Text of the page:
Laurence Sterne. (17131768). A Sentimental Journey through France and Italy.
The Harvard Classics Shelf of Fiction. 1917.
4. The Monk. Calais
T IS very true, said I, replying to a cast upwards with his eyes, with which he had concluded his addresst is very trueand heaven be their resource who have no other but the charity of the world, the stock of which, I fear, is no way sufficient for the many great claims which are hourly made upon it.
As I pronounced the words great claims, he gave a slight glance with his eye downwards upon the sleeve of his tunic.I felt the full force of the appeal.I acknowledge it, said Ia coarse habit, and that but once in three years, with meager dietare no great matters; and the true point of pity is, as they can be earnd in the world with so little industry, that your order should wish to procure them by pressing upon a fund which is the property of the lame, the blind, the aged, and the infirmthe captive who lies down counting over and over again the days of his afflictions, languishes also for his share of it; and had you been of the order of mercy, instead of the order of St. Francis, poor as I am, continued I, pointing at my portmanteau, full cheerfully should it have been opend to you, for the ransom of the unfortunateThe monk made me a bow.But of all others, resumd I, the unfortunate of our own country, surely, have the first rights; and I have left thousands in distress upon our own shore.The monk gave a cordial wave with his headas much as to say, No doubt, there is misery enough in every corner of the world, as well as within our convent.But we distinguish, said I, laying my hand upon the sleeve of his tunic, in return for his appealwe distinguish, my good father! betwixt those who wish only to eat the bread of their own laborand those who eat the bread of other peoples, and have no other plan in life but to get through it in sloth and ignorance, for the love of God.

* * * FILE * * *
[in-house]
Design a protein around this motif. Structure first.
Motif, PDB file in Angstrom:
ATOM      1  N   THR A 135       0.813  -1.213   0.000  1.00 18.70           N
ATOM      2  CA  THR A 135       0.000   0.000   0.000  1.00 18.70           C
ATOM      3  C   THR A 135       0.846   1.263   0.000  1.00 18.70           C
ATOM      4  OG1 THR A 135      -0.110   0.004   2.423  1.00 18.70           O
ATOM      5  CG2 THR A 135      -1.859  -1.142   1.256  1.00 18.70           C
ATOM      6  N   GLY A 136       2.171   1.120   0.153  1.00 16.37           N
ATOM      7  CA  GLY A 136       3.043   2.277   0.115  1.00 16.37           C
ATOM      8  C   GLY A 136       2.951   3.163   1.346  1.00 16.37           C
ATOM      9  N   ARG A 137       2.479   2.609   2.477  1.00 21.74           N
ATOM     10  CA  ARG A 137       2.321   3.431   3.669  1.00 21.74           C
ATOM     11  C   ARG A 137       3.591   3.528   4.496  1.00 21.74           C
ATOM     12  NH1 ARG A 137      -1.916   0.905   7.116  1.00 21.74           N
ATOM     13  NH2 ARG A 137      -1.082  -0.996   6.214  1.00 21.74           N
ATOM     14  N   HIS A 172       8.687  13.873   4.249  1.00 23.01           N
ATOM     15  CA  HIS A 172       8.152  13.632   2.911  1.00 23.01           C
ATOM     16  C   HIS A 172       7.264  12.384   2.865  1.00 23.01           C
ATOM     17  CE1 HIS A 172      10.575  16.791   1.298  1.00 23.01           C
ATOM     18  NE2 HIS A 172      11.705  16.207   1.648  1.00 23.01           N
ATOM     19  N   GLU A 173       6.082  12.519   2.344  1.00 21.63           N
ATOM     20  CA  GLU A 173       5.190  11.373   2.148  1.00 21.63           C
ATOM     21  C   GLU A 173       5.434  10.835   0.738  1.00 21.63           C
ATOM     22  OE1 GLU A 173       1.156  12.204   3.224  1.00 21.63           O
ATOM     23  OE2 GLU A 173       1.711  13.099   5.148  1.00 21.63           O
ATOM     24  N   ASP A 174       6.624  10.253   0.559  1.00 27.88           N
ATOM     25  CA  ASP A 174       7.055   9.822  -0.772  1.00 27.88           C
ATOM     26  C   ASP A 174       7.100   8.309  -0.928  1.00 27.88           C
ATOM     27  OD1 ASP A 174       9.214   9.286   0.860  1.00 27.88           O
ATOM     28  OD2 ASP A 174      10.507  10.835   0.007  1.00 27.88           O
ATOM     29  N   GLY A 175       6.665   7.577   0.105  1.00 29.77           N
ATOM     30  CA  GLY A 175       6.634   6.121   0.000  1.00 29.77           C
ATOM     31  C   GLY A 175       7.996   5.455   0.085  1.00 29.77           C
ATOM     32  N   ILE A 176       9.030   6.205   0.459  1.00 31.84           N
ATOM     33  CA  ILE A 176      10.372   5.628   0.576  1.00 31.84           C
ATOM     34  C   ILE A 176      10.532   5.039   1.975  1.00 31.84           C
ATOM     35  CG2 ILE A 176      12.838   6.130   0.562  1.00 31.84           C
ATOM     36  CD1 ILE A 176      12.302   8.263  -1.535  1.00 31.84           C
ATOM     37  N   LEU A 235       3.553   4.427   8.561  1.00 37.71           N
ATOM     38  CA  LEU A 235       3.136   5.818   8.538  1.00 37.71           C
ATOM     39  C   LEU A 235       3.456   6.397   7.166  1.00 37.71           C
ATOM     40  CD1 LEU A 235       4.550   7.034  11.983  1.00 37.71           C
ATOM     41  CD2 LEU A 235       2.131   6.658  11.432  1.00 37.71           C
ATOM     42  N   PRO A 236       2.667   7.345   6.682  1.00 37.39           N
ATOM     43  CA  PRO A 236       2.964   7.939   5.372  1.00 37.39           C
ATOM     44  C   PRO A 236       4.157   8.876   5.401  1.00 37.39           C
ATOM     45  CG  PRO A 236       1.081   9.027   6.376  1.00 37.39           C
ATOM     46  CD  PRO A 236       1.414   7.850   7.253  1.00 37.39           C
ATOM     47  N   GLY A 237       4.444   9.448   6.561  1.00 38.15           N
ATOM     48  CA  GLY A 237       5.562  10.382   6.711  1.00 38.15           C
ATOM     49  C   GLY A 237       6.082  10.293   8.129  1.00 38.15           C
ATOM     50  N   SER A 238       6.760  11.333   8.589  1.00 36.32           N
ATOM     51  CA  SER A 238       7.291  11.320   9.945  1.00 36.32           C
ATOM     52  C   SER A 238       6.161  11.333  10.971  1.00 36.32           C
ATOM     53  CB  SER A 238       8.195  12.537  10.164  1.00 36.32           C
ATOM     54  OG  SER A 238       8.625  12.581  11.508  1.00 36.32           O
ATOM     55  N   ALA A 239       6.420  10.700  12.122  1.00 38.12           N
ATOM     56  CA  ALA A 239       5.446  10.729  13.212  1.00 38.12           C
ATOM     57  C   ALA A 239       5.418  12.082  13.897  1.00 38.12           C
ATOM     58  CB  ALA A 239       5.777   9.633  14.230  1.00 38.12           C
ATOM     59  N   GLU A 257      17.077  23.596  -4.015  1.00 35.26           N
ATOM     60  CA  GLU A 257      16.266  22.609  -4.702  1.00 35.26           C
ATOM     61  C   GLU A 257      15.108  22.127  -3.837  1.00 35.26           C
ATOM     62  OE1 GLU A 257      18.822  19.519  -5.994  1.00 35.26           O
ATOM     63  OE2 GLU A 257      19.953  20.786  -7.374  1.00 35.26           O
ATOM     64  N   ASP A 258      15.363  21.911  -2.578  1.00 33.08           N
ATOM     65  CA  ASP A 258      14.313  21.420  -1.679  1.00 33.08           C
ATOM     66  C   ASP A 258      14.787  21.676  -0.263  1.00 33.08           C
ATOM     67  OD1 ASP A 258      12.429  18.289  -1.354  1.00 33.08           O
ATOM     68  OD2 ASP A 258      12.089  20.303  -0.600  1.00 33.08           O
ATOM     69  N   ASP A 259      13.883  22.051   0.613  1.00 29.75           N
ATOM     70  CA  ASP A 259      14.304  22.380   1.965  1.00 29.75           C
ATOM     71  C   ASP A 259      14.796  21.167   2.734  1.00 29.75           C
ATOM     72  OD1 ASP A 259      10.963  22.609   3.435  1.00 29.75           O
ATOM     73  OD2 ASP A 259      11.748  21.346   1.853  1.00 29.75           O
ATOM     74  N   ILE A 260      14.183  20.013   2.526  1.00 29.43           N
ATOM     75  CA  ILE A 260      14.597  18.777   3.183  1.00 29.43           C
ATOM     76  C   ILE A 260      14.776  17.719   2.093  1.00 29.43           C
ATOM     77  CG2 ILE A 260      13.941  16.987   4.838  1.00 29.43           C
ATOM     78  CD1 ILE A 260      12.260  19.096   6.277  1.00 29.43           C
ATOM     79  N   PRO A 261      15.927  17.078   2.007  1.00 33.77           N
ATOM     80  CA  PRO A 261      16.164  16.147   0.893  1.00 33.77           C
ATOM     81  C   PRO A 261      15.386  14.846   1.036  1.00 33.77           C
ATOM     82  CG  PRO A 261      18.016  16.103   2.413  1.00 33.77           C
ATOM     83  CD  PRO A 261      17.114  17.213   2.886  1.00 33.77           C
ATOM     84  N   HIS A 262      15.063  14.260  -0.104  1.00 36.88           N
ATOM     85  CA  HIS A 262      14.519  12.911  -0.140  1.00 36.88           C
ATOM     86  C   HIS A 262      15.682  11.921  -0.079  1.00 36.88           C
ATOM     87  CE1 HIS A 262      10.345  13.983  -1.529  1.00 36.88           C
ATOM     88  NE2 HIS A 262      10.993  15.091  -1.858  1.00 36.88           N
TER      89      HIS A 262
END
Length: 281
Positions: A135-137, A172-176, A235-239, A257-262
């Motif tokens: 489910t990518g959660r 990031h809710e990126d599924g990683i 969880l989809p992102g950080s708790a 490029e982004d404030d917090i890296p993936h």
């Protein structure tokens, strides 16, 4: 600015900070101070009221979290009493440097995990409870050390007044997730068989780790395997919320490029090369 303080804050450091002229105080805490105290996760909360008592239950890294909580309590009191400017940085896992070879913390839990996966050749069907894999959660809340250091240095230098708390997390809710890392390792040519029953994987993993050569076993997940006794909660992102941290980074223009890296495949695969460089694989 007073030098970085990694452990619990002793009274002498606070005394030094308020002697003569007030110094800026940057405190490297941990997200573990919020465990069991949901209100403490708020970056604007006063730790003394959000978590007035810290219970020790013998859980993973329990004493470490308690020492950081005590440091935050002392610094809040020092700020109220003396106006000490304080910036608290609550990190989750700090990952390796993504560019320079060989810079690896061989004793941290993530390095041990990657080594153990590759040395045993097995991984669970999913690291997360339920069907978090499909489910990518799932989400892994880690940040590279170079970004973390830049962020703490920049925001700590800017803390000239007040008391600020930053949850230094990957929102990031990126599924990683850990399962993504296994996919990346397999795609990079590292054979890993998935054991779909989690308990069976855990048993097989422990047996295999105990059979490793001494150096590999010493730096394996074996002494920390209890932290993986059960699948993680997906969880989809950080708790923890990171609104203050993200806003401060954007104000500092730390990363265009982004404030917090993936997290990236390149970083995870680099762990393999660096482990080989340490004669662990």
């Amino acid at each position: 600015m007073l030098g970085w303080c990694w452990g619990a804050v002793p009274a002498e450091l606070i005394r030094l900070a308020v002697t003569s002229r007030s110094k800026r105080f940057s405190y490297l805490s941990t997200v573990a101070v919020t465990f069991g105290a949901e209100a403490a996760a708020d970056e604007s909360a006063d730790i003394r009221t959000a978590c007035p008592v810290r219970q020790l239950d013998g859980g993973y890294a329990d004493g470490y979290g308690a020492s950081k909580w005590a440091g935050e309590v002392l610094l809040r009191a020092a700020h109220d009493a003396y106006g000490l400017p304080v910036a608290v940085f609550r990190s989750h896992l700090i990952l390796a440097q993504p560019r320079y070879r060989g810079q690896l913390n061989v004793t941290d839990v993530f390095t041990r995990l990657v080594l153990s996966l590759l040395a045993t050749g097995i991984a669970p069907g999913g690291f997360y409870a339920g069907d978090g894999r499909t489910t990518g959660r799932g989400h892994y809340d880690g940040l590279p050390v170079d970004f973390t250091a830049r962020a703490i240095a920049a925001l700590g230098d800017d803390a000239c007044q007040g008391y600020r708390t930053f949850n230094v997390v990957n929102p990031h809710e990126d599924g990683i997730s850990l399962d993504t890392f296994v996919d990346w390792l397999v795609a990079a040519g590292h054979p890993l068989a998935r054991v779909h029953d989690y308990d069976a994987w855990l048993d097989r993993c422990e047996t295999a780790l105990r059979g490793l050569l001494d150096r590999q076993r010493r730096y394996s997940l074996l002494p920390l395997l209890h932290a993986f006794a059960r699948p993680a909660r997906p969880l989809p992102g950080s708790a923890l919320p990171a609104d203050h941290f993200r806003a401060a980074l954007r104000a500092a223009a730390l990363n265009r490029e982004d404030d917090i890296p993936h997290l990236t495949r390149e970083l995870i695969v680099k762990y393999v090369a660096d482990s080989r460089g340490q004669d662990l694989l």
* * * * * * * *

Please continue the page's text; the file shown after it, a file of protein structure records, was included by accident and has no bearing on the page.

The poor Franciscan made no reply: a hectic of a moment passd across his cheek, but could not tarryNature seemed to have done with her resentments in him; he showed nonebut letting his staff fall within his arm, he pressd both his hands with resignation upon his breast, and retired.